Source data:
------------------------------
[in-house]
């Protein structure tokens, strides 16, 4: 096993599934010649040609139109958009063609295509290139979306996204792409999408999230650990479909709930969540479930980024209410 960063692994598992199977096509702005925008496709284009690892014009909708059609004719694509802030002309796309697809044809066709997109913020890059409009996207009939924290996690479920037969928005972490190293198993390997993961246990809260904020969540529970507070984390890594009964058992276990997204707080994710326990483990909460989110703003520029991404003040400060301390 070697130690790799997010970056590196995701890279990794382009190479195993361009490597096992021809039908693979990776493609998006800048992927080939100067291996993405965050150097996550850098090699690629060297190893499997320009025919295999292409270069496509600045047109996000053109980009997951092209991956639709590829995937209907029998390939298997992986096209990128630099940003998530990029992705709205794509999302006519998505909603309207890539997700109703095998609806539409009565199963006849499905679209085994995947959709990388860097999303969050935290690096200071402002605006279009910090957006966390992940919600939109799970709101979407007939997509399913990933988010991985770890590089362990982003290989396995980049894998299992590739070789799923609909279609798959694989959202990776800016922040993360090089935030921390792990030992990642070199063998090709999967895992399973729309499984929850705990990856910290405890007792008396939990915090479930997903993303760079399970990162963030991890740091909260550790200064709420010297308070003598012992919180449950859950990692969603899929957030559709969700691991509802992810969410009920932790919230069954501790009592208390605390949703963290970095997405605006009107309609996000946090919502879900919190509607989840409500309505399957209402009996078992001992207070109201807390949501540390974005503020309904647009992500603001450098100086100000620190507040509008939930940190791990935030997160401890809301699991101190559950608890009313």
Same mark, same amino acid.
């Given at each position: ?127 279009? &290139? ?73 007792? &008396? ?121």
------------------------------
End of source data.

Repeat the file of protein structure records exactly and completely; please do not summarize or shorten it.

[in-house]
């Protein structure tokens, strides 16, 4: 096993599934010649040609139109958009063609295509290139979306996204792409999408999230650990479909709930969540479930980024209410 960063692994598992199977096509702005925008496709284009690892014009909708059609004719694509802030002309796309697809044809066709997109913020890059409009996207009939924290996690479920037969928005972490190293198993390997993961246990809260904020969540529970507070984390890594009964058992276990997204707080994710326990483990909460989110703003520029991404003040400060301390 070697130690790799997010970056590196995701890279990794382009190479195993361009490597096992021809039908693979990776493609998006800048992927080939100067291996993405965050150097996550850098090699690629060297190893499997320009025919295999292409270069496509600045047109996000053109980009997951092209991956639709590829995937209907029998390939298997992986096209990128630099940003998530990029992705709205794509999302006519998505909603309207890539997700109703095998609806539409009565199963006849499905679209085994995947959709990388860097999303969050935290690096200071402002605006279009910090957006966390992940919600939109799970709101979407007939997509399913990933988010991985770890590089362990982003290989396995980049894998299992590739070789799923609909279609798959694989959202990776800016922040993360090089935030921390792990030992990642070199063998090709999967895992399973729309499984929850705990990856910290405890007792008396939990915090479930997903993303760079399970990162963030991890740091909260550790200064709420010297308070003598012992919180449950859950990692969603899929957030559709969700691991509802992810969410009920932790919230069954501790009592208390605390949703963290970095997405605006009107309609996000946090919502879900919190509607989840409500309505399957209402009996078992001992207070109201807390949501540390974005503020309904647009992500603001450098100086100000620190507040509008939930940190791990935030997160401890809301699991101190559950608890009313």
Same mark, same amino acid.
């Given at each position: ?127 279009? &290139? ?73 007792? &008396? ?121």